Entertainment & Arts

‘Terminator Genisys’ producers on their dysfunctional family and ‘robot dad’

If the first “Terminator” movie was a love story and the second an action flick, what does that make “Terminator Genisys”? “A dysfunctional family” story, says producer David Ellison. 

Ellison’s reveal was one of the moments from the special Imax preview screening with Hero Complex on June 29 at AMC Century City and Imax in Los Angeles. 

After the viewing, Ellison joined co-producer Dana Goldberg and actor Jai Courtney (the new Kyle Reese) onstage for a Q&A. And that’s where we found out that one of the major themes in “Terminator Genisys” was centered on a robot dad and his crazy, time-traveling family. But it’s not a sitcom; it’s a “Terminator” movie.

“One of the themes that we wanted to explore that was really the heart of the movie was the notion of this dysfunctional family,” Ellison told Hero Complex. “There’s Sarah Connor with the weirdest robot dad that you could ever meet who is not so approving of the now would-be suitor.”


Ellison continued, “The first movie [“The Terminator”] doesn’t function without the line, ‘I came across time for you, Sarah.’ That was something that we really wanted to be a part of this movie. But to kind of turn it on its head a little bit. In a sense that, that relationship solely exists for the production of John Connor. And fate and whether or not you can change your fate. And the notion of free will is a huge part of the Terminator franchise. One of the questions we wanted to ask was, ‘If John Connor was compromised, can Sarah and Kyle rise up to take that place? And can you have free will?’ At the end of the movie when they end up together for the first time and the whole family is off, as opposed to the ending of the first movie, which is much more tragic, is all stuff that we enjoyed playing with and hope resonated.”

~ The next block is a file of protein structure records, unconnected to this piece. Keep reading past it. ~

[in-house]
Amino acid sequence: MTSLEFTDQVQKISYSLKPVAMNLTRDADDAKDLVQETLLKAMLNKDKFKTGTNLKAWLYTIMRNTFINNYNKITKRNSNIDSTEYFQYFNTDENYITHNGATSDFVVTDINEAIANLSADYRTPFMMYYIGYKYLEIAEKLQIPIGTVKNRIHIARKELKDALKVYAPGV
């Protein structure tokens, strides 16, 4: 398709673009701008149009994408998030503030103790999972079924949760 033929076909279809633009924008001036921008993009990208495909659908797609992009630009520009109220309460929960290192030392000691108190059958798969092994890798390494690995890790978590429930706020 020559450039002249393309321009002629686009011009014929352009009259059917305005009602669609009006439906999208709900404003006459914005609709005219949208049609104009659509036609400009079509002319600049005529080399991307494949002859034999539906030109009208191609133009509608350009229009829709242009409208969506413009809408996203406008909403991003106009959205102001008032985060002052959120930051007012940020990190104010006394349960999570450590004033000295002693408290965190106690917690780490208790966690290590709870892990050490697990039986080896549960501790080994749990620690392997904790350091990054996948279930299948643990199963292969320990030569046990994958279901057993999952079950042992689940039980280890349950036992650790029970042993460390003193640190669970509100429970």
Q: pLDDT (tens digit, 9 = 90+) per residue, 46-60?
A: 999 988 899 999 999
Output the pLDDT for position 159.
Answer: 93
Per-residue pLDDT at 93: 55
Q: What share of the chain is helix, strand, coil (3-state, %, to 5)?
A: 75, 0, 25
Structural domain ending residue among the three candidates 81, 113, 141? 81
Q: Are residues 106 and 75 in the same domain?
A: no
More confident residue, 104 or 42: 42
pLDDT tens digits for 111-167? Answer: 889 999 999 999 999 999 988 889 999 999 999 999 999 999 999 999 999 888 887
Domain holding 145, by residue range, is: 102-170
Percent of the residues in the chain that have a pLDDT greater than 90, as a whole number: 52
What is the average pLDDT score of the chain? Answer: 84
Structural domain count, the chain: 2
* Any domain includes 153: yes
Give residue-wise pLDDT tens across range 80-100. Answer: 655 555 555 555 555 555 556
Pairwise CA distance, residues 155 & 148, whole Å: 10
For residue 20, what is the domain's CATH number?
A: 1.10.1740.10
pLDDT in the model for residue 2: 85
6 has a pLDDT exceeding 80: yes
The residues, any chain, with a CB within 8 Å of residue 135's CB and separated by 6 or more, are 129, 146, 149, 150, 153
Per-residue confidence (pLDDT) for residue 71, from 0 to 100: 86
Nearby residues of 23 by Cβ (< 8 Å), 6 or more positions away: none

Sounds like it’s time for someone else to be the new savior of humanity. Other highlights included Courtney revealing his struggle to become the softer version of the Kyle Reese character. The producers “were constantly trying to bring the boy out in me, as opposed to the man,” Courtney said. “I would have to stifle my instinct to try and be too cocky and have too much swagger.”

Check out the video clips and special moments from the Q&A in the above gallery. “Terminator Genisys” is in theaters now. 

To find out first about upcoming films that will be featured in the Hero Complex Screening Series, follow us on Twitter: @LATherocomplex.